Sky News explains the row and why it has been generating headlines in recent days.
What is the controversy about?
The Westferry Printworks redevelopment scheme for 1,500 homes in east London was given the green light in January.
Mr Jenrick's decision went against the recommendation of a planning inspector.
Tower Hamlets Council took legal action over the decision, with approval for the development eventually reversed.
Why is the minister under pressure to quit?
Mr Jenrick's decision to approve the scheme was taken a day before new infrastructure charges came into force.
This allowed the developer, former Daily Express owner Richard Desmond's Northern and Shell firm, to avoid paying between £30-£50m extra to the council.
Tower Hamlets Council has said the "timing of the decision appeared to show bias" by Mr Jenrick.
Labour has accused the minister of taking the decision following a "glitzy fundraising dinner" with Mr Desmond in November 2019.
Two weeks after the scheme was approved, records from the Electoral Commission show that Mr Desmond personally gave £12,000 to the Conservatives.
Mr Jenrick was sat next to Mr Desmond at the dinner, with the Sunday Times reporting that he showed the minister a promotional video for the development.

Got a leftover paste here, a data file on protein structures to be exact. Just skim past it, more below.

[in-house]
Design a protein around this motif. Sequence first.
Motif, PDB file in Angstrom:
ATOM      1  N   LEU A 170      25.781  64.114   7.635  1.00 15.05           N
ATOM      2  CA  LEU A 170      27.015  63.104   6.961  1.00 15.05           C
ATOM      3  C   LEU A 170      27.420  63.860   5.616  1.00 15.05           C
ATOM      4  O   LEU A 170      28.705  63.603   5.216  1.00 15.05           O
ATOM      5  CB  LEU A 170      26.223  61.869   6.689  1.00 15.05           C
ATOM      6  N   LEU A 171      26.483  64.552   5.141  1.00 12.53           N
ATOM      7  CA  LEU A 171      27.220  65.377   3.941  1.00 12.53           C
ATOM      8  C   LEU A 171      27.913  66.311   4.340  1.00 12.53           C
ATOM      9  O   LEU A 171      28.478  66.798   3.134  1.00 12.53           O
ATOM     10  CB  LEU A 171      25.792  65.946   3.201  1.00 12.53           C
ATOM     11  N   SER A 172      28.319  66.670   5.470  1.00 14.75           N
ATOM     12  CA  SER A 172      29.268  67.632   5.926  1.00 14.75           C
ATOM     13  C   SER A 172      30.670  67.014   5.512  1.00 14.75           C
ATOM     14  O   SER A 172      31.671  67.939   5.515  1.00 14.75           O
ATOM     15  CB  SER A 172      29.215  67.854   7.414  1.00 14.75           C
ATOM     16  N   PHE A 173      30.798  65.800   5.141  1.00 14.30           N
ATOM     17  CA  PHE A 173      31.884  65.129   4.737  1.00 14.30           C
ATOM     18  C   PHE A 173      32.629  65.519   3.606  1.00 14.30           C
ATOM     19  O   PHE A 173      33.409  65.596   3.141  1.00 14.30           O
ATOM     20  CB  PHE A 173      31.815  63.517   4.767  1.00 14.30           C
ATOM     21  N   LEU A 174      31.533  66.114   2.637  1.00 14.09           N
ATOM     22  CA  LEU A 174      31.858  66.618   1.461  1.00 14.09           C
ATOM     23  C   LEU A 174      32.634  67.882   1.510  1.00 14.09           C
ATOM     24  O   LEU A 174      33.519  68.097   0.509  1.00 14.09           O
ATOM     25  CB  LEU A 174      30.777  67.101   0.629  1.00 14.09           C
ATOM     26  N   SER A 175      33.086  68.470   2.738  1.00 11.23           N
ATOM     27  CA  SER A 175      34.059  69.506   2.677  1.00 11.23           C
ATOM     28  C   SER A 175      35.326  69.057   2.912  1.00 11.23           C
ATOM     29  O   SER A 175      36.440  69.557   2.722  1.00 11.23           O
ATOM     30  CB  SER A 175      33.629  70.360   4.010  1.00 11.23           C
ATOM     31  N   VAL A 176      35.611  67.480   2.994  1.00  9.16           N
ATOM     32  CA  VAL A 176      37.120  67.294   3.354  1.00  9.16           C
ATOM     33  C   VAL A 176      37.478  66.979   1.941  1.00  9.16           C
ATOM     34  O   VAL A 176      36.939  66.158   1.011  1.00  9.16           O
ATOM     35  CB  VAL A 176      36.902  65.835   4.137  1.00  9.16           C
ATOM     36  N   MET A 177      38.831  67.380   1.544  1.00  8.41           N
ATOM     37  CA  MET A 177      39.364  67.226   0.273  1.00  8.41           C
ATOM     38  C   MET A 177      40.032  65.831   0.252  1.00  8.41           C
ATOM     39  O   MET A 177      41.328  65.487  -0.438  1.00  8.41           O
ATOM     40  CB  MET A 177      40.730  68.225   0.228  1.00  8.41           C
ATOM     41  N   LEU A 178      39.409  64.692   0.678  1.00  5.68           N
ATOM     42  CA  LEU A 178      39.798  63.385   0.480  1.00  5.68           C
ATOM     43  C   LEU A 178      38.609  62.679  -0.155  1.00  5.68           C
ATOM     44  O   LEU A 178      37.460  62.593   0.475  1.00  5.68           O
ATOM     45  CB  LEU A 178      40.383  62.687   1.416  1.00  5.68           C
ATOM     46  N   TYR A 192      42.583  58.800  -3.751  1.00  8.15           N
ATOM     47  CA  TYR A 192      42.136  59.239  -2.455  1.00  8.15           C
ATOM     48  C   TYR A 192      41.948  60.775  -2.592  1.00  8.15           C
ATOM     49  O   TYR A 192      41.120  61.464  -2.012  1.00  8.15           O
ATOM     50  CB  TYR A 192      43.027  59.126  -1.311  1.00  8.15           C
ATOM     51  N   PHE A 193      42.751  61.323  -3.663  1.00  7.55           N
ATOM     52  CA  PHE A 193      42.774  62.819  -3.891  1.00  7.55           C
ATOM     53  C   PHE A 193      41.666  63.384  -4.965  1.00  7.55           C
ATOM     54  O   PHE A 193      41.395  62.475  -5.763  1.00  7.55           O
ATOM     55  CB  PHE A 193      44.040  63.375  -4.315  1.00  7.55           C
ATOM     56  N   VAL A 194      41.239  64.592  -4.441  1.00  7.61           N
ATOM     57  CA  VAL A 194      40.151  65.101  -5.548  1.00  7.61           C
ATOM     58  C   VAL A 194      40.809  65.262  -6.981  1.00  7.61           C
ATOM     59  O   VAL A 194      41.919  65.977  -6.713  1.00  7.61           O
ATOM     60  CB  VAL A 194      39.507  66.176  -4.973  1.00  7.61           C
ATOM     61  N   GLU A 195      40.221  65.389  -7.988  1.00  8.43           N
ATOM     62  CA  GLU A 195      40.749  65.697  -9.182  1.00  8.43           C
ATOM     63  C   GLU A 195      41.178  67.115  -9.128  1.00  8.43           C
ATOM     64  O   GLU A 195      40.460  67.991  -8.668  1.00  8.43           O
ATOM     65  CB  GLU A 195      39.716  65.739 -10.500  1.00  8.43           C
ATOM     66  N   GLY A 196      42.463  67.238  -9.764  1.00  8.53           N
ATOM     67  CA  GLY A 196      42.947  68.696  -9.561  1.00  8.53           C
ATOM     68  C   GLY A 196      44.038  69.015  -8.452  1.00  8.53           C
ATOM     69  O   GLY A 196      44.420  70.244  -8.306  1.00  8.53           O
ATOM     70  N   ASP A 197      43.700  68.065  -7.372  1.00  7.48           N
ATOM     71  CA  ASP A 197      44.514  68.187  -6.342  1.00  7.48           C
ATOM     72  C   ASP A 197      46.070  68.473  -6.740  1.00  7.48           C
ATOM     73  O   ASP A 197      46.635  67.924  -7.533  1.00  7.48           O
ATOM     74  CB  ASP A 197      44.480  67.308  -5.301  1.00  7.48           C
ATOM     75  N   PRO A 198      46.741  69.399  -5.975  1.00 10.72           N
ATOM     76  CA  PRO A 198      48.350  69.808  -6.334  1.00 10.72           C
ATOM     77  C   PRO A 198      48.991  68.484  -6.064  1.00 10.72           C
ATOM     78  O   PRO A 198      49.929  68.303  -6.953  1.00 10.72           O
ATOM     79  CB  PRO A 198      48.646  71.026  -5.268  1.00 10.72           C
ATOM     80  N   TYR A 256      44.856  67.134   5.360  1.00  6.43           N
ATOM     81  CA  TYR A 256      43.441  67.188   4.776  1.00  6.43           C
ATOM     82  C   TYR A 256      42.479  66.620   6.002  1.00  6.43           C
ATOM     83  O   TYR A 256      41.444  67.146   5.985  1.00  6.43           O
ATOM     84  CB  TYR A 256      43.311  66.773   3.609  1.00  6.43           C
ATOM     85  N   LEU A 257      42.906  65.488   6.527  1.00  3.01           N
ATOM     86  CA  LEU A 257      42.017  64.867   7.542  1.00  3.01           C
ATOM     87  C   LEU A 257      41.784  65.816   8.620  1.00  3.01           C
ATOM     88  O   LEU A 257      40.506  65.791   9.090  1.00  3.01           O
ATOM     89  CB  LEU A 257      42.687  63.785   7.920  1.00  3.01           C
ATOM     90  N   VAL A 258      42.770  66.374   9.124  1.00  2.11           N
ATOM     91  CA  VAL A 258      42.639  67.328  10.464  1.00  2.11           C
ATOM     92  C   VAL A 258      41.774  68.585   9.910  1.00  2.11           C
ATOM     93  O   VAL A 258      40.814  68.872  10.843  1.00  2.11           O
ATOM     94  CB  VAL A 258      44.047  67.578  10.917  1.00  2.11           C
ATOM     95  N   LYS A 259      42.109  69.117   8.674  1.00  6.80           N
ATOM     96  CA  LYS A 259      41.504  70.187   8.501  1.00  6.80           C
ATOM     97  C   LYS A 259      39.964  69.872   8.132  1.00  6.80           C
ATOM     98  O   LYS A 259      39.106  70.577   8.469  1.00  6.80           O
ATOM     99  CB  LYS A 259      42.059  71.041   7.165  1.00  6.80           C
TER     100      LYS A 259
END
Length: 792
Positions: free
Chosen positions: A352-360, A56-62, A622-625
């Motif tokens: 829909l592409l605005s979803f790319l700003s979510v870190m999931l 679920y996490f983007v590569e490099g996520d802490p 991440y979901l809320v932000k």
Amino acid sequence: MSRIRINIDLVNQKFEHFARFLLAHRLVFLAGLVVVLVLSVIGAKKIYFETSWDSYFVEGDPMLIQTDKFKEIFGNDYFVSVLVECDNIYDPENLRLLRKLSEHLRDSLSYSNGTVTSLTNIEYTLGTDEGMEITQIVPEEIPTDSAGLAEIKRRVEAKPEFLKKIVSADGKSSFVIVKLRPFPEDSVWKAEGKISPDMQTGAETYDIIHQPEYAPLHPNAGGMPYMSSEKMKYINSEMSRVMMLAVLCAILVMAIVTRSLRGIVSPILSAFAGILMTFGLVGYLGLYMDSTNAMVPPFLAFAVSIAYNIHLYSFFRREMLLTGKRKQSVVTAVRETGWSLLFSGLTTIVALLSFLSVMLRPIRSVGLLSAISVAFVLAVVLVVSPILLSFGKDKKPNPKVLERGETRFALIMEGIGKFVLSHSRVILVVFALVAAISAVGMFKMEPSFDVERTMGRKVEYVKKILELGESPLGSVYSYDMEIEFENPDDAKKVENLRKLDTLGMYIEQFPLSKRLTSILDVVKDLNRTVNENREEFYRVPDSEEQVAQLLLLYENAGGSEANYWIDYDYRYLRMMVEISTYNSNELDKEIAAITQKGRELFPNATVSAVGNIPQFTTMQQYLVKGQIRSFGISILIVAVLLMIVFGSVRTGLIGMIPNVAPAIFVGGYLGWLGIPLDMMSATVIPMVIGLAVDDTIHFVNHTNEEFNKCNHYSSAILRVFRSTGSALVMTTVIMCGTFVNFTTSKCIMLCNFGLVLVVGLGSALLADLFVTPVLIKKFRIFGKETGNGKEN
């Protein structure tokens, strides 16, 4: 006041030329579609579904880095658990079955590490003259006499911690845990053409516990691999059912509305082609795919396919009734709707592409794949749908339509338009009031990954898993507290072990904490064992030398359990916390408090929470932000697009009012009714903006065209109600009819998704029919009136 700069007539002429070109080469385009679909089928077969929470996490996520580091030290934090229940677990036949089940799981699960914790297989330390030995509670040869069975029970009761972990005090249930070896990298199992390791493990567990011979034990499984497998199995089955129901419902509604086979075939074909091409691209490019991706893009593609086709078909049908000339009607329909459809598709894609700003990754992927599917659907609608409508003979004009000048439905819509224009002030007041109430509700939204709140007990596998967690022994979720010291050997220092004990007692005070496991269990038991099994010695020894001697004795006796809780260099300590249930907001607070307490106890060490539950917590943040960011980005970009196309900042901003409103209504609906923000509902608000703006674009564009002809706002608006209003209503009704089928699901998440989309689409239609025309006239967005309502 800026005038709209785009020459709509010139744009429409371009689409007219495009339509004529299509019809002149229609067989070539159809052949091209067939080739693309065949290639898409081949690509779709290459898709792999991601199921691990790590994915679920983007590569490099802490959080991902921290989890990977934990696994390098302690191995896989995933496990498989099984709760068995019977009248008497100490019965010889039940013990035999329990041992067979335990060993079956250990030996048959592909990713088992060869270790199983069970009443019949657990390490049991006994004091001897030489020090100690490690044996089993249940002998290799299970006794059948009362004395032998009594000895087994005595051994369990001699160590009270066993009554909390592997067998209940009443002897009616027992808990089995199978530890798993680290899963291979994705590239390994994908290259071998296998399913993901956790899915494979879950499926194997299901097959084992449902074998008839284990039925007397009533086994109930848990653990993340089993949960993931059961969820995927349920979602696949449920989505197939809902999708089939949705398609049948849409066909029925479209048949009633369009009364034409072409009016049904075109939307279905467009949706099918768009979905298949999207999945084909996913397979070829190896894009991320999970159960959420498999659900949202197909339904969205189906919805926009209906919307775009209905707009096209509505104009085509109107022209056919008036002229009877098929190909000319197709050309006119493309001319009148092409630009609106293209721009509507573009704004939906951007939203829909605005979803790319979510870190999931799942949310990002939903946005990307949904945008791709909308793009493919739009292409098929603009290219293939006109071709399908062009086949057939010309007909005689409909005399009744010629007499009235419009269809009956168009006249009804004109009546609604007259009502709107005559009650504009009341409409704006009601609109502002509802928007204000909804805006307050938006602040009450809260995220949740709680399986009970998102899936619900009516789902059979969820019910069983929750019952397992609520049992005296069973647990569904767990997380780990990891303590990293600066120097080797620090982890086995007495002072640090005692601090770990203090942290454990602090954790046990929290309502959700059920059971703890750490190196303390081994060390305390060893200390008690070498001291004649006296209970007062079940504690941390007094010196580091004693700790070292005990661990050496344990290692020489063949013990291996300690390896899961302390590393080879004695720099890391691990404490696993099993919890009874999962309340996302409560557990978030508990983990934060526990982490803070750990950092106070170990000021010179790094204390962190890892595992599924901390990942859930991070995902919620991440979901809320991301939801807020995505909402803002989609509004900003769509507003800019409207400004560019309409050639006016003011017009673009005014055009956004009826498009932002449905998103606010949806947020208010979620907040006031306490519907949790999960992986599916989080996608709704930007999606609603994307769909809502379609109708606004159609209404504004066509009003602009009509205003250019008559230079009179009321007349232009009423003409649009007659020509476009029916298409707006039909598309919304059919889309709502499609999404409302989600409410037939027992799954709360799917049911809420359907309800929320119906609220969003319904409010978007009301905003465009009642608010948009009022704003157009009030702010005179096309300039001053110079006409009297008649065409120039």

"What I did was I showed him the video," Mr Desmond told the newspaper, adding that Mr Jenrick watched it for about "three or four minutes".
According to Mr Desmond, Mr Jenrick replied: "I'm sorry Richard. I can't discuss it."
Mr Jenrick has said he did not discuss the scheme with Mr Desmond and has told MPs he acted in "good faith" and "within the rules".
Sky News has previously contacted Northern and Shell for a comment, as well as Mr Desmond, but did not receive a response.
What else has emerged?
In recent weeks, Labour has been calling for "full transparency" from the government.
The party demanded that all correspondence Mr Jenrick had in relation to the Westferry Printworks decision be published, saying the "sequence of events raises grave concerns about cash for favours".
A tranche of papers were released on Wednesday.
They show the housing secretary was "insistent" the planning application be allowed just in time to save Mr Desmond up to £50m.
The documents reveal an official in his department recorded he wanted approval to be given to the development.
A partly redacted email sent on 9 January said the minister "was insistent that decision issued this week ie tomorrow - as next week the viability of the scheme is impacted by a change in the London CIL [Community Infrastructure Levy] regime".
New texts between the pair also emerged as part of the bundle of documents.
They show Mr Jenrick texted Mr Desmond on 18 November 2019 saying: "Good to spend time with you tonight Richard. See you again soon I hope."
In another exchange two days later, Mr Desmond tried to arrange a meeting with the housing secretary on 19 December, as well as a site visit to the Westferry Printworks, complaining about having to deal with "Marxists".